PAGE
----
Description This red-figure psykter depicts an athlete and a servant boy on the front. On the left remains the left hand and lower arm of a servant holding a bag (possibly leather) by a strap. On the right a bearded male athlete in profile to the left hunches over infibulating himself; his attention is focused on the bag held by the boy. On the back are a youth and a boy (possibly courting) a dog. On the left a mantled youth with fillet leans forward on a staff. He holds both arms out and far apart, gesturing to the boy on the right. A dog (Laconian hound) sits on the ground to the right before the youth. The boy, who wears a mantle and fillet, stands attentively in profile to the left. The scene on the front is unusual. The bag held by the youth is probably of leather and may be either a small punching bag ("korukos") or simply a vessel for liquid. Leather bags were used for holding oil. The scene on the back is similar to others by the Syriskos Painter. The pose of the youth's hand is that often used by men about to or in the process of fondling their lover's genitals. This suggests a possible identification as a courting scene. The psykter comes from the Tomb of the Leopards in Tarquinia which was excavated by the Marzi brothers in 1875.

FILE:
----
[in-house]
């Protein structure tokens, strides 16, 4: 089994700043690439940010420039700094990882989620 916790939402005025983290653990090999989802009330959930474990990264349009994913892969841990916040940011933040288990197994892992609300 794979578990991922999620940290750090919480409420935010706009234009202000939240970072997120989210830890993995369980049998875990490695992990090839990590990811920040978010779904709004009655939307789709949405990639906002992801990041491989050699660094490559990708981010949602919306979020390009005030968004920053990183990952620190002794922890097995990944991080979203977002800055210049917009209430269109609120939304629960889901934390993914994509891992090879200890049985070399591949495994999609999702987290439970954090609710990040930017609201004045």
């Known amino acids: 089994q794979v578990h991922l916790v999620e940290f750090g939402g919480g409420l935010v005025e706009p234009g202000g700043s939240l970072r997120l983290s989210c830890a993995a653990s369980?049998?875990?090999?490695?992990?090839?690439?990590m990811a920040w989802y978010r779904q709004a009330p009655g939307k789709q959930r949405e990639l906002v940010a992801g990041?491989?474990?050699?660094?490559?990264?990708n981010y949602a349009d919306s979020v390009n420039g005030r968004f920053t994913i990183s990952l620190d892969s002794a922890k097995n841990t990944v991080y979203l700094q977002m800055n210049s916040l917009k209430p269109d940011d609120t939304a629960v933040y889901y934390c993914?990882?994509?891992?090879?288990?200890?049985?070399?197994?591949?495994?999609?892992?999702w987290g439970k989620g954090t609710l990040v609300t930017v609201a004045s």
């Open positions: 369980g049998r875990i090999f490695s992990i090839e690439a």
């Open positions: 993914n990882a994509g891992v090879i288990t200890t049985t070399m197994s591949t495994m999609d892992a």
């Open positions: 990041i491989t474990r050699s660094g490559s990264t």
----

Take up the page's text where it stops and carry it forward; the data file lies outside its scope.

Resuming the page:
Provenance Marzi Brothers, 1875, by deposition; Don Marcello Massarenti Collection, Rome [cat. no. 196]; Henry Walters, Baltimore, 1902, by purchase; Walters Art Museum, 1931, by bequest.
Credit Acquired by Henry Walters with the Massarenti Collection, 1902
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